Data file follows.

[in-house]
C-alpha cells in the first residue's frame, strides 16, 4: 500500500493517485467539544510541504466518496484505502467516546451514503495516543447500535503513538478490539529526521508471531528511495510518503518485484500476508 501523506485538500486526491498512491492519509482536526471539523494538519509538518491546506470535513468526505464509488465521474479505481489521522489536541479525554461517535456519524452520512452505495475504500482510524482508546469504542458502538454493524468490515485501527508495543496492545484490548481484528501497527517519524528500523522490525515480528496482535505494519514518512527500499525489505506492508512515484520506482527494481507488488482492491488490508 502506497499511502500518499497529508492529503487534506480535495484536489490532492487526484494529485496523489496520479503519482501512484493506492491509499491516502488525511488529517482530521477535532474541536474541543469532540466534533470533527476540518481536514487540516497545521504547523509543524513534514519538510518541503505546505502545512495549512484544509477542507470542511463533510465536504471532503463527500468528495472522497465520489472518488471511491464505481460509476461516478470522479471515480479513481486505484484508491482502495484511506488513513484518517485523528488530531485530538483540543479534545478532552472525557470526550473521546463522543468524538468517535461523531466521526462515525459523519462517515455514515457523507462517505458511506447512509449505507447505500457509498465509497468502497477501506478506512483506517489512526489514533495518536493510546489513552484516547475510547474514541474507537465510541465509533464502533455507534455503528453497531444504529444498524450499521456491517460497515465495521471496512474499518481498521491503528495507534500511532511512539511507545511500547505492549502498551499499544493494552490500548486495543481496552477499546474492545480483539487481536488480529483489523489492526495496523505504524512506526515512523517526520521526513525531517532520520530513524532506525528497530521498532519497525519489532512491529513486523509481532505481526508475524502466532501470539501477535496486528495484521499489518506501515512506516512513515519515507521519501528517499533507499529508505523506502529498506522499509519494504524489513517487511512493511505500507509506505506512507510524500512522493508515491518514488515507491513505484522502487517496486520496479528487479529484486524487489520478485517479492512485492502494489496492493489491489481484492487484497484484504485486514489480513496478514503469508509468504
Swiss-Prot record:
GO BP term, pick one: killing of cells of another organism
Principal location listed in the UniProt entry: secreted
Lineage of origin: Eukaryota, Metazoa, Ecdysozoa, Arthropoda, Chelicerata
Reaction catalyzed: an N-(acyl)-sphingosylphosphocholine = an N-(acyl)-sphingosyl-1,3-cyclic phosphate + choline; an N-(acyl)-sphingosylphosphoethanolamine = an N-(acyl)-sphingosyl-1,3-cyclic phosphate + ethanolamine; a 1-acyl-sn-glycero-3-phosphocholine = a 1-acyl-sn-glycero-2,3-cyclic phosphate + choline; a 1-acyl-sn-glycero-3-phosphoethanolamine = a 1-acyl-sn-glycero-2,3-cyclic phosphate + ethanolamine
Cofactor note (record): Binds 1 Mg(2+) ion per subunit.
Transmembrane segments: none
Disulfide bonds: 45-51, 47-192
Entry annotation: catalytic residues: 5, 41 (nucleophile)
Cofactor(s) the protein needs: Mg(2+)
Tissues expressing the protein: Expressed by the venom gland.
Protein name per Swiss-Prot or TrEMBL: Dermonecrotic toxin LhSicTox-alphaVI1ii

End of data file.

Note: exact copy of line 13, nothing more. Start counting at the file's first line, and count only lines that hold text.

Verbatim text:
Tissues expressing the protein: Expressed by the venom gland.